A new natural history museum could be coming to the Valley of the Sun. It’s the brainchild of Michael Fleeman, who heads the Tempe-based Northrop Development construction company he founded in 2009.
Several years ago, he founded the LGF Foundation. It's named for his father, Larry Gene Fleeman, an avid collector of natural history artifacts who died in 2009. Fleeman grew up exploring natural history with his dad, and plans to build a natural history museum in his honor.
It won’t be the first natural history museum in Arizona, but it would be the largest. The Arizona Museum of Natural History, founded in Mesa in 1977, has 80,000 square feet.
By contrast, Fleeman is planning a 300,000-square-foot museum that would cost about $200 million.
“We’re the only major city without a state-of-the-art natural history museum,” Fleeman says.
And he wants to change that for a couple of reasons.
“I want to help make Phoenix an internationally renowned destination,” Fleeman says. But he also wants to fuel the region’s economic growth, and inspire new generations to love math and science.
This isn’t the first time in recent memory that a new museum has taken shape in metro Phoenix. Western Spirit: Scottsdale’s Museum of the West opened in 2015, and the Musical Instrument Museum opened in 2010. In 2008, the Children’s Museum of Phoenix moved into the renovated historic Monroe School in downtown Phoenix.
He says he's already in discussions with the city where his first choice is located, but isn’t ready to make that public yet. It’s possible, Fleeman says, that they’ll nail down a site and go public with it within a couple of weeks.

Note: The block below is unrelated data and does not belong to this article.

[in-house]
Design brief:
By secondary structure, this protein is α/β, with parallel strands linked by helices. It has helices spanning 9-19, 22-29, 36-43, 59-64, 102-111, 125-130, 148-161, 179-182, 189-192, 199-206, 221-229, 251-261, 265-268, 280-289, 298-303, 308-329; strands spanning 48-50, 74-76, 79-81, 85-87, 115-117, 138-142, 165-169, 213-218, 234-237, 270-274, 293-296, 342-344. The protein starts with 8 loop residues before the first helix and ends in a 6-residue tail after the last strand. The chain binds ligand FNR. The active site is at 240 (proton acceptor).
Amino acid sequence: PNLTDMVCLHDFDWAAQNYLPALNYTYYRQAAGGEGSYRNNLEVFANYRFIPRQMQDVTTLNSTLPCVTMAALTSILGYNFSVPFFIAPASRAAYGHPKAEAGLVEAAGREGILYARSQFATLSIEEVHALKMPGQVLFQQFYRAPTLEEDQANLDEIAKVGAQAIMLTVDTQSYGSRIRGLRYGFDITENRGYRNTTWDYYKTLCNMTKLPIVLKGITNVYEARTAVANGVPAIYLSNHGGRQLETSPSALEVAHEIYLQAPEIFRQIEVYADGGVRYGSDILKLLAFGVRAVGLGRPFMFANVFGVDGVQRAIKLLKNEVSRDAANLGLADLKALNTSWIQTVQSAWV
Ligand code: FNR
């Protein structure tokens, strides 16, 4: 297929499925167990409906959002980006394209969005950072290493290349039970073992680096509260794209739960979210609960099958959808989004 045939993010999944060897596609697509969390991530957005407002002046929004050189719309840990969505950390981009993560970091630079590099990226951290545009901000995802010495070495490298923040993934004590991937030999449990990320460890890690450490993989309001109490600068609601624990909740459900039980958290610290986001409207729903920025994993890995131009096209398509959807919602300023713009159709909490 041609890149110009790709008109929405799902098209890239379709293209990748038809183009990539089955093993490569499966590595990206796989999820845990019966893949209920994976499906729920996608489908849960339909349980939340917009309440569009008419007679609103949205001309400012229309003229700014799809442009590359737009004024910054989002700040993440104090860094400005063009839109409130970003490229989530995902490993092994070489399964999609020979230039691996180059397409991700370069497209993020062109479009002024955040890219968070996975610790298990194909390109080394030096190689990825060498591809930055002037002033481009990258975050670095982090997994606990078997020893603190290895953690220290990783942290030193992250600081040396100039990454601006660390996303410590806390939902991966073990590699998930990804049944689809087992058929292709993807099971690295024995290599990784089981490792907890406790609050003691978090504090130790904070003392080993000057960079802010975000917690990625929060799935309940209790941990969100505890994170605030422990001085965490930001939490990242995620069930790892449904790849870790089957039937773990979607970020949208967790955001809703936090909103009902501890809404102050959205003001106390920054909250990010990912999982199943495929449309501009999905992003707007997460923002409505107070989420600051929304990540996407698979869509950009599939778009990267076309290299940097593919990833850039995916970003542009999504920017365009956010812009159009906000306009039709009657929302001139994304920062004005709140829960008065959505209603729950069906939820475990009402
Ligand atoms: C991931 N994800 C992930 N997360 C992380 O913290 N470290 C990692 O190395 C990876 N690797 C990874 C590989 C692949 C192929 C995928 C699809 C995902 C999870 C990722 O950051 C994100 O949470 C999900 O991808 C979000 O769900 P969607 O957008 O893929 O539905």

In the meantime, he’s been doing some serious legwork.
Fleeman commissioned Tempe architect Trevor Pan to create an architectural design for the museum, and had Tempe-based Elliott D. Pollack & Company to do an economic impact study. The renderings list Pan's address, but that's not an indication of where the museum, which has yet to be named, will be based.
The current design calls for seven exhibit halls, including two that would house revolving exhibits. Permanent exhibit halls would focus on paleontology, anthropology, petrified wood, minerals, and physical science including meteorites.
Museum plans also call for two interactive exhibits, a mine ride, and a digging pit, plus several other amenities: a conference hall, two theaters, a library, specimen labs, eateries, and fountain.
The museum will feature objects and artifacts from around Arizona, the United States, and the rest of the world, Fleeman says. He’s already acquired items from diverse places such as Brazil, Italy, China, and Madagascar, to name a few.
To date, Fleeman has collected more than 10,000 specimens he values at more than $10 million. For now, he’s storing them at both his home and an office space he’s rented in North Scottsdale.
Some dinosaur skulls sit loose on display shelves, while others are so valuable that they’re hidden away in a vault. One display case holds a small piece of Mars the size of a camera memory chip, and another a raw emerald the size of a football. One room holds a purple geode that goes up to Fleeman's armpit. You get the idea.
Fleeman expects it will take two years to raise money for the project, then another two years to build it.
The capital campaign to fund the museum is scheduled to launch in April. Fleeman puts the cost of creating the museum at $200 million, which includes $117 million for building the museum and $45 million for exhibits.
Fleeman plans to raise the money through several sources, including individual and corporate donations, grants, and naming rights.
“I want the museum to be a place that everybody can be proud of, from mom and pops to Ph.Ds,” Fleeman says. “And I want Arizona to be a leader in the museum industry.”
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